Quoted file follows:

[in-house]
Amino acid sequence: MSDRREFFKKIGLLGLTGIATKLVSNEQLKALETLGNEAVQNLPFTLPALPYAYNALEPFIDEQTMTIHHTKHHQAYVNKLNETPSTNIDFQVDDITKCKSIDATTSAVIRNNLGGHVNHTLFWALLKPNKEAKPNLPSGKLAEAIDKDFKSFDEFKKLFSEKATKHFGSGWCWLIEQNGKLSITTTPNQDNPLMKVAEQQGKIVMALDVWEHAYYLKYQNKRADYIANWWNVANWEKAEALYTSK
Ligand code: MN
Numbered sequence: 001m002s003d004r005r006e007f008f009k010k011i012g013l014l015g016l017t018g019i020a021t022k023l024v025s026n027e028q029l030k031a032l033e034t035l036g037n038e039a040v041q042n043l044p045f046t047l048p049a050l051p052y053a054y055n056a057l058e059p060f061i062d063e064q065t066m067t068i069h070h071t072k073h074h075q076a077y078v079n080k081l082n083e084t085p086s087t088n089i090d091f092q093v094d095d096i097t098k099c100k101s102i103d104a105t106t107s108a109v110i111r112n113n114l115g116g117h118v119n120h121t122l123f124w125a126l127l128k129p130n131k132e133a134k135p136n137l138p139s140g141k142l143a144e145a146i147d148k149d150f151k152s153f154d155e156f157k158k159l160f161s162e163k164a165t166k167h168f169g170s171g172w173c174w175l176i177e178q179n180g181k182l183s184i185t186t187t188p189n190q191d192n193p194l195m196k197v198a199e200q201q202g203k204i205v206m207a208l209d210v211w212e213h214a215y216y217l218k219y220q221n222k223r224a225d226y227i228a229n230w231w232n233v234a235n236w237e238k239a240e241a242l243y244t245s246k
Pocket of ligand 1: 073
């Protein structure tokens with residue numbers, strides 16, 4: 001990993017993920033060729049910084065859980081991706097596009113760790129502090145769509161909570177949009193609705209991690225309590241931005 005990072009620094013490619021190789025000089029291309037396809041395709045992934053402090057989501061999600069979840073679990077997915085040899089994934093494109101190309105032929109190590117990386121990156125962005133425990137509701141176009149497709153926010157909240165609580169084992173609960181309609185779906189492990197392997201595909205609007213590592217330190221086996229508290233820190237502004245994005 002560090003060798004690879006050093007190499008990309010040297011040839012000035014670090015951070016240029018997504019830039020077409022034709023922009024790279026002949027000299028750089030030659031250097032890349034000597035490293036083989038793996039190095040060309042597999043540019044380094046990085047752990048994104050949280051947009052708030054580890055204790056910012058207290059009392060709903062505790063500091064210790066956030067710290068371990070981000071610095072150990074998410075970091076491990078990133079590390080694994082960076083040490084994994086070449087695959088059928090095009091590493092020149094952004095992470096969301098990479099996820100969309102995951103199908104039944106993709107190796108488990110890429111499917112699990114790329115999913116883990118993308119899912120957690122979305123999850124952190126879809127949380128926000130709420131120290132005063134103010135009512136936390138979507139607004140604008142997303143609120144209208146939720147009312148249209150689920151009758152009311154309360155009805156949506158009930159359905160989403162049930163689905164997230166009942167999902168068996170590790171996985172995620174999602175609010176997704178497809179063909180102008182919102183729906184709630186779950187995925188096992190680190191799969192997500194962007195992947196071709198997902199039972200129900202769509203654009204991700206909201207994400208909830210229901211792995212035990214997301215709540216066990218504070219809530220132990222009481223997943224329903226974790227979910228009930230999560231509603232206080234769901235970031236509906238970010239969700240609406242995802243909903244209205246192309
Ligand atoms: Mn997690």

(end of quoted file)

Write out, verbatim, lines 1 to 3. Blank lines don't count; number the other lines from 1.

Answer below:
[in-house]
Amino acid sequence: MSDRREFFKKIGLLGLTGIATKLVSNEQLKALETLGNEAVQNLPFTLPALPYAYNALEPFIDEQTMTIHHTKHHQAYVNKLNETPSTNIDFQVDDITKCKSIDATTSAVIRNNLGGHVNHTLFWALLKPNKEAKPNLPSGKLAEAIDKDFKSFDEFKKLFSEKATKHFGSGWCWLIEQNGKLSITTTPNQDNPLMKVAEQQGKIVMALDVWEHAYYLKYQNKRADYIANWWNVANWEKAEALYTSK
Ligand code: MN